The Maryland Court of Special Appeals affirmed, holding that cell phone users have an objectively reasonable expectation under the Fourth Amendment that their cell phones will not be used as real-time tracking devices through the direct and active interference of law enforcement; therefore, the use of a cell site simulator by the government requires a search warrant based on probable cause which describes with particularity the object and manner of the search. The court found that Kerron Andrews’ Fourth Amendment rights were violated because the pen register application failed to clearly articulate its intended use to track Andrews’ cell phone using an active cell site simulator, and police did not have the searched address as a possible location until the cell phone company provided that information; only after receiving that information and arresting Andrews did officers apply for a search warrant.

In the Federal Courts

Texts Establishing Probable Cause

U.S. v. Paniagua-Garcia, 2015 U.S. App. LEXIS 2800 (7th Cir. Feb. 18, 2016).

The Seventh Circuit Court of Appeals reversed Gregorio Pantiagua-Garcia’s conviction in the U.S. District Court for the Southern District of Indiana, holding the government failed to establish that an officer had probable cause or a reasonable suspicion that Pantiagua=Garcia possessed illegal drugs. The court found there was no evidence of what percentage of drivers sent texts; the officer had not seen any texting; and the mere possibility of unlawful use was not enough to create a reasonable suspicion of a criminal act.

Texts on Victim’s Cell Phone

U.S. v. Gemma, 2016 U.S. App. LEXIS 5852 (1st Cir. Mar. 30, 2016).

The First Circuit Court of Appeals affirmed, finding that the U.S. District Court for the District of Massachusetts did not err in denying Michael Gemma’s motion to suppress text messages found on the victim’s cell phone, where the victim appeared to be a minor, and the phone was obtained from Gemma’s vehicle in the course of the police officer’s community caretaking duties.

Warrantless Search of Probationer’s Cell Phone

U.S. v. Lara, 2016 U.S. App. LEXIS 3995 (9th Cir. Mar. 3, 2016).

The Ninth Circuit Court of Appeals reversed the judgment of the U.S. District Court for the Central District of California, holding that Paulo Lara had a substantial privacy interest in his cell phone and the data it contained, and his probation conditions did not clearly authorize cell phone searches. The court found that although Lara’s privacy interest was somewhat diminished by his status as a probationer, the searches were unreasonable, and his acceptance of the probation condition was not sufficient by itself to render the searches lawful.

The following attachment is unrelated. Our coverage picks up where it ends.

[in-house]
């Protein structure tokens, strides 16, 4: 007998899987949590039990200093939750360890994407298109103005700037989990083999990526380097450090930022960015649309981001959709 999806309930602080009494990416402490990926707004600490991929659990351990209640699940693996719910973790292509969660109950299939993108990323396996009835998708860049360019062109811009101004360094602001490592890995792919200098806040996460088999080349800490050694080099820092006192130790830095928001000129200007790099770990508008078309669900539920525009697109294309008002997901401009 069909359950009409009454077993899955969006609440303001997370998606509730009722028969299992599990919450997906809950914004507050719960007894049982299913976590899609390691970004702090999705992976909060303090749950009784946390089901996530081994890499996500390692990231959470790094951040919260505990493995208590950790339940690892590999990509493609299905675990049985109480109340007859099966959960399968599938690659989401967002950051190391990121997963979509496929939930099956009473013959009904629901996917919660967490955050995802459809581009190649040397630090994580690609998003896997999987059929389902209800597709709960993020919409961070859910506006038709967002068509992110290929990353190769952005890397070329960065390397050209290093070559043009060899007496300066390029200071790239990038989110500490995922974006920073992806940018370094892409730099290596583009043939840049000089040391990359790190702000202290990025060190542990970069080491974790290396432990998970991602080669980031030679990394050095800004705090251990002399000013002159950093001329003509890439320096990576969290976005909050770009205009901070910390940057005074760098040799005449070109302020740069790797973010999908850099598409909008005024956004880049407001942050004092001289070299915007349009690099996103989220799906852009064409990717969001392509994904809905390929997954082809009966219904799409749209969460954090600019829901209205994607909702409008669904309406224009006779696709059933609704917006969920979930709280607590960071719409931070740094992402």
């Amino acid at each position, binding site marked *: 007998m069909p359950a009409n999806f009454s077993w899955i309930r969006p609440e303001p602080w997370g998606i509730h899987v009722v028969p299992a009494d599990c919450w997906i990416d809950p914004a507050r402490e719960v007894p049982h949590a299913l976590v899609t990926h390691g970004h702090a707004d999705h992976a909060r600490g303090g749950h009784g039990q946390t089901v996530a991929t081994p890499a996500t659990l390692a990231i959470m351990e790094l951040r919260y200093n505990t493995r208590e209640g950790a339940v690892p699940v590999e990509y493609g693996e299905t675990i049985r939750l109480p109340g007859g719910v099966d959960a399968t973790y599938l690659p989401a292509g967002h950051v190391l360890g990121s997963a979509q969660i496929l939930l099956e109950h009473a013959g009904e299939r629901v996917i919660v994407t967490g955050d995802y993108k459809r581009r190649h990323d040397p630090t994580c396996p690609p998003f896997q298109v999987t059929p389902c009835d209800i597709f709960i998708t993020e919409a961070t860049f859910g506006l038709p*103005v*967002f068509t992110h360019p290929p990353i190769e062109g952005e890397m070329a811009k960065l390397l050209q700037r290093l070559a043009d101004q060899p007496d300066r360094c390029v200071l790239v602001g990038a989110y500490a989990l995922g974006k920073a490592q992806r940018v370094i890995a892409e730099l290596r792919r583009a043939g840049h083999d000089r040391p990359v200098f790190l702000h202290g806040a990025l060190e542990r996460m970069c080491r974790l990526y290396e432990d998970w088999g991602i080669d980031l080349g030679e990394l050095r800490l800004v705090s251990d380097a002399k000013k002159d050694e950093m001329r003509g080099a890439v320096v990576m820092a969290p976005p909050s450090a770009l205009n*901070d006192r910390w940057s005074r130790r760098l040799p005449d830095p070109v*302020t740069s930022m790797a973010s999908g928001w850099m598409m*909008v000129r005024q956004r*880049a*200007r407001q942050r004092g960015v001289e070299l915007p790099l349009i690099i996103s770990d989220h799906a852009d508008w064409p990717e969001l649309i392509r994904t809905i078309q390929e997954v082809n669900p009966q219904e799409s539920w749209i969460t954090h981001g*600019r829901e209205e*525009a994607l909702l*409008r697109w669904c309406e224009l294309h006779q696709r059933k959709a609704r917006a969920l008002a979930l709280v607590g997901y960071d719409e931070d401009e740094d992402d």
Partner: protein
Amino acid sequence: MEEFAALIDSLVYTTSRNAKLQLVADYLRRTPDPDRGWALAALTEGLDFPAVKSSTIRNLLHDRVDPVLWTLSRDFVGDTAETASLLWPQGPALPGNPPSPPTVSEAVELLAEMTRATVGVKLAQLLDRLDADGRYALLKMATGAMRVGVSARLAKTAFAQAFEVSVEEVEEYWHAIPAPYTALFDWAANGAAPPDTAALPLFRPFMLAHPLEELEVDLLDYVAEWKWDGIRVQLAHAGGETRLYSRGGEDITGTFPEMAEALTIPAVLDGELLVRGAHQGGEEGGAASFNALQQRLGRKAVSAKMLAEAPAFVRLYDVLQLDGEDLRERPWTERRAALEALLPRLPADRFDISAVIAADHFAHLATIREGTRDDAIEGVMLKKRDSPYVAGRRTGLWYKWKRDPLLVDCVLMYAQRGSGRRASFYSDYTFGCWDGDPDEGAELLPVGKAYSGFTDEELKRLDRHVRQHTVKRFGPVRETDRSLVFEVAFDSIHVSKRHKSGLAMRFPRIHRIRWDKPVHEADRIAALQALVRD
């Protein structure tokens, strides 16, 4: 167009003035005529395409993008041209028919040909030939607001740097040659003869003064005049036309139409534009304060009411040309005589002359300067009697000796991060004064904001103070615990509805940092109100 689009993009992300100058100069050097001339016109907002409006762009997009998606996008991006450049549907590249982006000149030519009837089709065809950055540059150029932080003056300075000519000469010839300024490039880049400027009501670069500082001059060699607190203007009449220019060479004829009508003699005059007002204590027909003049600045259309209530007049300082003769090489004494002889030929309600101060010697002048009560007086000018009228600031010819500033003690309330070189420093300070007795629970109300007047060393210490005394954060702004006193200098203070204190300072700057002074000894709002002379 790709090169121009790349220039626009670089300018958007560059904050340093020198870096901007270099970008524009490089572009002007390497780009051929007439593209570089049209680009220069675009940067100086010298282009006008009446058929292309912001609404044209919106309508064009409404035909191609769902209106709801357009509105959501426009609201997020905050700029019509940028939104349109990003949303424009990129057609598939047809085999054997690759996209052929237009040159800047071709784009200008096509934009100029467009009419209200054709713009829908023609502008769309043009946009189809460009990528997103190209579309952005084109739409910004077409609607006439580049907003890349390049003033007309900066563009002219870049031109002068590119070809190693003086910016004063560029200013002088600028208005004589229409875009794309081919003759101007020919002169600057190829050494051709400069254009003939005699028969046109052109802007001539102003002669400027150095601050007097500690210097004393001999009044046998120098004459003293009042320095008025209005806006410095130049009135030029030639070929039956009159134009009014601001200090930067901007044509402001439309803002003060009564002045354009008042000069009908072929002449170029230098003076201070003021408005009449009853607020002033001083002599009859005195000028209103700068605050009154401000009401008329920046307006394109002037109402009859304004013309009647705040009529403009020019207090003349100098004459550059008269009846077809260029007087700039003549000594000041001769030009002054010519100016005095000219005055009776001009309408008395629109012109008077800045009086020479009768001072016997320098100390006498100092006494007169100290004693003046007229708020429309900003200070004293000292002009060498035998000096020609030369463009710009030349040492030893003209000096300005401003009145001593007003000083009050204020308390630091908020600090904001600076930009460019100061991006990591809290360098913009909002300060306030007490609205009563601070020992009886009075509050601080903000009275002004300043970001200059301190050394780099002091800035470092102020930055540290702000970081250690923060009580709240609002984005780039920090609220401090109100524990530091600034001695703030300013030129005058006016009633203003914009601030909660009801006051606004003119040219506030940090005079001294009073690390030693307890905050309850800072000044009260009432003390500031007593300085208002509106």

Spousal Consent to Search Computer

U.S. v. Thomas, 2016 U.S. App. LEXIS 5972 (11th Cir. Apr. 1, 2016).

The Eleventh Circuit Court of Appeals affirmed the judgment of the U.S. District Court for the Middle District of Florida, holding that where Eric Thomas’ wife told police she saw child pornography on their home computer; officers obtained her consent to search it; the husband subsequently revoked consent; and officers found child pornography, suppression was not warranted under the Fourth Amendment because the wife had apparent authority to consent to a forensic search since she had joint access over the computer for most purposes, and the husband did not protect his Internet history from her by maintaining a separate login name and password or by encrypting his files. The court further found the fact that the husband was the primary user of the computer was insufficient to show that his wife lacked the requisite common authority to consent. The court also ruled that the evidence seized from the computer pursuant to the search warrant was admissible under the independent source doctrine.

State Legislative News

Washington Governor Jay Inslee signed a bill governing the use of body cameras into law. The bill, HB 2362, codified as Chapter 163, irequires law enforcement agencies deploying body cameras to establish policies regarding their use and requires them to retain body camera recordings for at least 60 days. The law becomes effective on June 9, 2016.

The New Jersey Senate unanimously passed a bill banning “upskirting.” The bill, AB 156, prohibits secretly photographing or recording underneath another person’s clothing, and had been passed by the Assembly in February. The bill makes the photographing a crime of the third degree punishable by imprisonment for up to 18 months, a fine of up to $10,000, or both; disclosing such a photograph is a crime of the third degree punishable by imprisonment of three to five years, a fine of up to $15,000, or both. It also authorizes civil actions by victims for monetary and equitable relief. The bill, which would become effective on July 1, 2016 if enacted, was previously passed by the Assembly.